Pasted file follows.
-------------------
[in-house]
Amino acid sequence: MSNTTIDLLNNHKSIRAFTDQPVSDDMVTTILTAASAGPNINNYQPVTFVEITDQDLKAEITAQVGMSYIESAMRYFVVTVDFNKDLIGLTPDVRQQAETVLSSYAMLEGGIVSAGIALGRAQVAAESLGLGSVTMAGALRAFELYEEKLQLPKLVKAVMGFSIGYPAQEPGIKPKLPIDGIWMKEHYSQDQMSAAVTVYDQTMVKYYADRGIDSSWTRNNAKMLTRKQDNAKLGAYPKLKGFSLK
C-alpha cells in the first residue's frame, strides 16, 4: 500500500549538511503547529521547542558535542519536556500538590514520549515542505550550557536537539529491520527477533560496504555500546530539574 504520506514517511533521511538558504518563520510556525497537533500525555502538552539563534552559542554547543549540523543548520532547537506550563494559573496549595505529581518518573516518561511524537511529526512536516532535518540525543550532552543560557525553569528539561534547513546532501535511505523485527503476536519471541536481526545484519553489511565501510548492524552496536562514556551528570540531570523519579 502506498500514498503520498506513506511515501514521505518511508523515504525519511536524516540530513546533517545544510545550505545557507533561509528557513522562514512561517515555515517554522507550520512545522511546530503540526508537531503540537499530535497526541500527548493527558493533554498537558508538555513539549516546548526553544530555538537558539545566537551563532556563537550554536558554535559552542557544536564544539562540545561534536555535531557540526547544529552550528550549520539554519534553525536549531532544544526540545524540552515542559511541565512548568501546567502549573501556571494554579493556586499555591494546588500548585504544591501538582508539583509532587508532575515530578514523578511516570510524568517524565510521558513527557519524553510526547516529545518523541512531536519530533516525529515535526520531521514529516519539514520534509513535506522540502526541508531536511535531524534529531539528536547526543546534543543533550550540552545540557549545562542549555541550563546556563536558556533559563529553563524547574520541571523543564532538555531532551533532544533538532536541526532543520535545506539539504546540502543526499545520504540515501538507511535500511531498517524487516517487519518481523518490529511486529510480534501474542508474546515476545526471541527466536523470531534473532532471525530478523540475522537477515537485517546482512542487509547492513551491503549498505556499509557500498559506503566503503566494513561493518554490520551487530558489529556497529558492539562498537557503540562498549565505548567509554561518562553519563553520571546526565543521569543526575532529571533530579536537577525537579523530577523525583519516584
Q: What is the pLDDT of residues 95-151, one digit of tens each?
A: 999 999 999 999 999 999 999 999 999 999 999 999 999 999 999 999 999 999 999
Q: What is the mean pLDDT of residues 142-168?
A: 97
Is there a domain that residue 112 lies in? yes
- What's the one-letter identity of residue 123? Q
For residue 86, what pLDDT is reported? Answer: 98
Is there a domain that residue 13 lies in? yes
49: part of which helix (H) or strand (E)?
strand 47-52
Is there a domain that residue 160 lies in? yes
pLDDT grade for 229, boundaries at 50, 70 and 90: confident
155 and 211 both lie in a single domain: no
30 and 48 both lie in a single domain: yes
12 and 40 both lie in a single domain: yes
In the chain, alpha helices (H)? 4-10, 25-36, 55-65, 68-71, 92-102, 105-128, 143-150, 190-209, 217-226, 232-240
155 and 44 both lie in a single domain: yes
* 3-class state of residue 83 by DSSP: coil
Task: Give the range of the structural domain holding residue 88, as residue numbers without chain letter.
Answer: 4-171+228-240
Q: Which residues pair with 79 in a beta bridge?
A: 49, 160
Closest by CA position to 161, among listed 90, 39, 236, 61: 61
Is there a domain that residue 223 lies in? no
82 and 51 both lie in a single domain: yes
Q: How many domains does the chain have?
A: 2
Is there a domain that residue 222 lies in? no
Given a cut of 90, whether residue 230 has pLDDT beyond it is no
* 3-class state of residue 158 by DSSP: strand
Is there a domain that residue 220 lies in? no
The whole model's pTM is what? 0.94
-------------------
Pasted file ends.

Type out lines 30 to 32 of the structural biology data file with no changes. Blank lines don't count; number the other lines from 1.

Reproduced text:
A: 2
Is there a domain that residue 222 lies in? no
Given a cut of 90, whether residue 230 has pLDDT beyond it is no